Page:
And yet, this wasn’t the worst thing. In September and October, I hadn’t written a lick for me. Days off, even afternoons off, were rare. Lack of sustainability sent me flirting with the idea of a professional change. A face-numbing job with a surprise pink slip had led me to something literary. Creative work, I believe, never feels complete. Either time runs out or you finally admit you’re finished. As a perfectionist, a 96-hour week wasn’t something I wanted to experience twice.

For once, timing blessed me. The potential ice-out gifted me two weeks to enjoy Hawai‘i, my home, one of my soul mates. (Yes, a place can be that.) We flew two islands over to my grandmother, the axis of my heart, before packing and selling and donating all of our things, saying aloha to our favorite spots.

In California, my fiancé hit the ground sprinting at his new position. I home-hunted, fetched our cars. Because of a 60-day lag, I still expected two paychecks, which comforted me. With a free planner in mid-November and a foreboding future before us, I decided against searching for another steady gig. I wanted something quick, something different, something that left my creative headspace fresh, free. I wanted moonlight writing again and weekends. Because of a friend who had recently uprooted his entire life, the phrase temp agency floated at my mind’s forefront.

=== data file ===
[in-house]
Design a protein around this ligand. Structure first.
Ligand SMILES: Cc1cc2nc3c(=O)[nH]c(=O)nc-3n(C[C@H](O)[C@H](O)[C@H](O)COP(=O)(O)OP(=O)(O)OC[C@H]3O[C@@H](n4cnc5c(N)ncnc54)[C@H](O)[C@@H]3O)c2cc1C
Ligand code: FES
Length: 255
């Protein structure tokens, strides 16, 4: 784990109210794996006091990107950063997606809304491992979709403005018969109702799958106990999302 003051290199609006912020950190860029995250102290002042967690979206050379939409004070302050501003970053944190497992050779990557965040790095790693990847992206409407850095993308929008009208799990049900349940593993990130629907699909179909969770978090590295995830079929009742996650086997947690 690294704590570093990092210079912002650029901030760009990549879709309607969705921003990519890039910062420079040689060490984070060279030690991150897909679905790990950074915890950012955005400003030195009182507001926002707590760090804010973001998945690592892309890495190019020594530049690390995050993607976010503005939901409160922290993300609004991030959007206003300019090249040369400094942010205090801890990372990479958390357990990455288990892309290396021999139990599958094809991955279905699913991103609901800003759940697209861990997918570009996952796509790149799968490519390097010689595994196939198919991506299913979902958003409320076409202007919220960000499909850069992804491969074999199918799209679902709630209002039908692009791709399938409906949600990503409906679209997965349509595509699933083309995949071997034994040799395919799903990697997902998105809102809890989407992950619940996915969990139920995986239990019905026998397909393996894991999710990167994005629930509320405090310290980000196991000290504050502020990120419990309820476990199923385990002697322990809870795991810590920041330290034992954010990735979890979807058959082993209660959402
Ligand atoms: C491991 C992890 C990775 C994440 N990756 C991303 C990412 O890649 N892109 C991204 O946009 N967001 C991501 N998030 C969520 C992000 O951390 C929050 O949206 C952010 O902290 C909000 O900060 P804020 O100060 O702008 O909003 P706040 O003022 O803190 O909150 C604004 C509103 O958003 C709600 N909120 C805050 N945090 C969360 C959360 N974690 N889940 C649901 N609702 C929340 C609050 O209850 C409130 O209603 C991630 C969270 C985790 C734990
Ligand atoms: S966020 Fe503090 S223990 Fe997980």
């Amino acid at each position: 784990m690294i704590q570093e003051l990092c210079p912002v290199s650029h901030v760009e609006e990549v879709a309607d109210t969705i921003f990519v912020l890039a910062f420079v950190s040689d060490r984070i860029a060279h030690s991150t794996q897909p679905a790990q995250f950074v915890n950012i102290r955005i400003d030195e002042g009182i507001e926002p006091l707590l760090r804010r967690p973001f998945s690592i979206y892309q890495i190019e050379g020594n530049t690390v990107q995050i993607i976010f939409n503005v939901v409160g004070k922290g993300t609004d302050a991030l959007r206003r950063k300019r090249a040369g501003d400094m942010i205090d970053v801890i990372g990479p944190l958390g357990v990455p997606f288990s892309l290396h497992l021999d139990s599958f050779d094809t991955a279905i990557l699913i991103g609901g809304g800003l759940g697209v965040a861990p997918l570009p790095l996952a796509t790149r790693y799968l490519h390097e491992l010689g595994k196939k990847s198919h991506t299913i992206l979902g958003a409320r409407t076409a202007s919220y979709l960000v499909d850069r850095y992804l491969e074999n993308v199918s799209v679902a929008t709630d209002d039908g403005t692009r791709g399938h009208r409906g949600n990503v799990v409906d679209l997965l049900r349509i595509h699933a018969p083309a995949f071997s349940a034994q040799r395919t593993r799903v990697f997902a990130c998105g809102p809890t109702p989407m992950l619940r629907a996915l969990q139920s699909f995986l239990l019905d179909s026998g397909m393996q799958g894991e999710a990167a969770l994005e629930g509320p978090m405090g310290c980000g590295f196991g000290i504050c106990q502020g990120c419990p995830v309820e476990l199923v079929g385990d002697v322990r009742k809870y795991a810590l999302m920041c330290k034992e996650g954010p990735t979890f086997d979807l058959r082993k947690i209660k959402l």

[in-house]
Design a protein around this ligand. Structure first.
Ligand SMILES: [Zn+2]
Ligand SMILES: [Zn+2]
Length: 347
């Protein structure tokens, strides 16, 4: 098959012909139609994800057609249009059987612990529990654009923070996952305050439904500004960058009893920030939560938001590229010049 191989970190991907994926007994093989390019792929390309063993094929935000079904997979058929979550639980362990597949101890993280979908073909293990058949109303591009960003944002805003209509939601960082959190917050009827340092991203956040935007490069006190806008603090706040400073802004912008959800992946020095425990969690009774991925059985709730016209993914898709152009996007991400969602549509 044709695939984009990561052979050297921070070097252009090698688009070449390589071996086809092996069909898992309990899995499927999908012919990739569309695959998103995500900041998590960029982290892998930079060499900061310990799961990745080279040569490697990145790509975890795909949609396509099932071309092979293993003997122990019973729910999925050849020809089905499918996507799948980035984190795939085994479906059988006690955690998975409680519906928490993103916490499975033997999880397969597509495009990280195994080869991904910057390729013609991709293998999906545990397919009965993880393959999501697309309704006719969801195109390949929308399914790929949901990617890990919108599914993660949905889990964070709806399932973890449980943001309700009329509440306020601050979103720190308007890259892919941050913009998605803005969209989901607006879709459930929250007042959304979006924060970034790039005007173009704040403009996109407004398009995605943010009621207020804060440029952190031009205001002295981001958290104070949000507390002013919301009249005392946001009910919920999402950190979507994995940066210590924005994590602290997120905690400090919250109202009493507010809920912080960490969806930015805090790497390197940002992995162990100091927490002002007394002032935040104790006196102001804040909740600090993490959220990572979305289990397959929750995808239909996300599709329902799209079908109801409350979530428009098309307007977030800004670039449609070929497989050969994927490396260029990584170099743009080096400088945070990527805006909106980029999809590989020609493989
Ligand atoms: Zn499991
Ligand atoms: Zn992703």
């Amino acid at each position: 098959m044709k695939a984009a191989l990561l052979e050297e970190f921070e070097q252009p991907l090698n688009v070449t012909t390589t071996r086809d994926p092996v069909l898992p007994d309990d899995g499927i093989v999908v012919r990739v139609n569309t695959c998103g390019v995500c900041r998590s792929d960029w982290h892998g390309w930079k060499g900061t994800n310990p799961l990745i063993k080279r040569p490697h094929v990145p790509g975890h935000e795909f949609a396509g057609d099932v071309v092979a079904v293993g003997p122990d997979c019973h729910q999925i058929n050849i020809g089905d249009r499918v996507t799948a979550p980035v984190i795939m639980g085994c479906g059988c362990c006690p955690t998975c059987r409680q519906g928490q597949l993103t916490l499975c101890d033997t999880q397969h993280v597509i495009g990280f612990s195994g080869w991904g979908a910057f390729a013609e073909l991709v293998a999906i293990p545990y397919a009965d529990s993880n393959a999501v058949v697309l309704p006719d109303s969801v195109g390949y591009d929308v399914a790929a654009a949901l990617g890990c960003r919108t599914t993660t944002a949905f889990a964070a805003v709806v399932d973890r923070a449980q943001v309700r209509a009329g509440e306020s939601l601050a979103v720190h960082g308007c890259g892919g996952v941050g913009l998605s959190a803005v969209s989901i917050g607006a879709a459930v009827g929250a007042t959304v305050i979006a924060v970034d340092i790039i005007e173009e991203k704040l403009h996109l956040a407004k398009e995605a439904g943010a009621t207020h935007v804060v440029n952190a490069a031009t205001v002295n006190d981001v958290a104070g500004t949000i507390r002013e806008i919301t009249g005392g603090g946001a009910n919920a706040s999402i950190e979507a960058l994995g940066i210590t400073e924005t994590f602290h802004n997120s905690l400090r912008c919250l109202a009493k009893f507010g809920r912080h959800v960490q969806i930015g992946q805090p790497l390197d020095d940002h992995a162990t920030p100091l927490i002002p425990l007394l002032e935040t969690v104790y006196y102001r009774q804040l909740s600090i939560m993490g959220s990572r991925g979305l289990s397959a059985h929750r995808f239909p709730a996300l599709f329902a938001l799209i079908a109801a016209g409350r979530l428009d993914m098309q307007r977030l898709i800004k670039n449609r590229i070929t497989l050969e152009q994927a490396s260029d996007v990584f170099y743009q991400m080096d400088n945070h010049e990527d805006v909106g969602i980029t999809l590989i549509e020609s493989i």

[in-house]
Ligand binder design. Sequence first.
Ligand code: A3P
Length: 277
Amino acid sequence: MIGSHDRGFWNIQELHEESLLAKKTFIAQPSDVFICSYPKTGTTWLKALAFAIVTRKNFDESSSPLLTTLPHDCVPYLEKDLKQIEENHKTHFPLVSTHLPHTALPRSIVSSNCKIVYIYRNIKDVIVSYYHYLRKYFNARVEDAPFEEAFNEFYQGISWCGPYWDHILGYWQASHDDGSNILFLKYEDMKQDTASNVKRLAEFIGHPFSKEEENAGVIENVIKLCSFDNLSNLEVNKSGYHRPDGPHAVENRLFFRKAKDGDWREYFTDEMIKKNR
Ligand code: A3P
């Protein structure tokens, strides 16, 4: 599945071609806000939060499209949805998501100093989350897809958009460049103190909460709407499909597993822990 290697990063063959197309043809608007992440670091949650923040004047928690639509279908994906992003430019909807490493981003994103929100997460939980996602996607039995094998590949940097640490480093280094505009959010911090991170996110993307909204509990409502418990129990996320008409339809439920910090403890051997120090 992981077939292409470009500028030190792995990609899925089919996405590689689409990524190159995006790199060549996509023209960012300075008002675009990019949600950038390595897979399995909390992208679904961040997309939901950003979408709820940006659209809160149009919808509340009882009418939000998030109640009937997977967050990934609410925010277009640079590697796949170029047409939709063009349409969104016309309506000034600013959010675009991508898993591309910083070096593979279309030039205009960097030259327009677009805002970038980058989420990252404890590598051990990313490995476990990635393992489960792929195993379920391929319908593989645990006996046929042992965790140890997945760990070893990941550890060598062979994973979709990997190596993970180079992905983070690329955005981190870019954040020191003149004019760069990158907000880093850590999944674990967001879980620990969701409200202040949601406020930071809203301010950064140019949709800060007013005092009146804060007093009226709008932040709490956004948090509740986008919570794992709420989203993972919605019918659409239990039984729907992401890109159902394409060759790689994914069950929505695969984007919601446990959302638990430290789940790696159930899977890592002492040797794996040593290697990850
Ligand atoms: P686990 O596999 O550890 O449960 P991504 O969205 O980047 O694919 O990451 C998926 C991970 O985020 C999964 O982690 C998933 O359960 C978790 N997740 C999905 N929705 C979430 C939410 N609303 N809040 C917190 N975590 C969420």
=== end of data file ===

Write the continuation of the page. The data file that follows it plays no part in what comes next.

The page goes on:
Within five days of arriving in the Golden State, I interviewed. On the ninth day, I started my first West Coast job. I pretended the freelancing money didn’t exist, hurried it into the Fuck Off Fund. When people ask me what I do, I — finally — say I’m a writer, which is more true today than yesterday, than last month, last year. I know what they mean, and I, patient, know in my bones we’ll engage in that conversational dance. (Do you have a book? No. One on the way? No.) Until they learn how I pay my bills. Where others may see a back step, I see a dependable paycheck from a small office, where I’m paid to smile and help people. There’s a mailbox downstairs, where I send submissions to journals and magazines. When everyone sees how certain I am of me and my path, their suffocating ideas of how to live bead and stream off of me like water.

By day, Connie Pan works an 8 to 5 for money. By night, she teaches an online college course, serves as the senior editor of Ms. Aligned 2, and revises her novel manuscript. Her writing has appeared or is forthcoming in Carve, PRISM international, The Fiddlehead, Rosebud Magazine, and Bamboo Ridge.

This story is part of The Billfold’s Financial Fails series.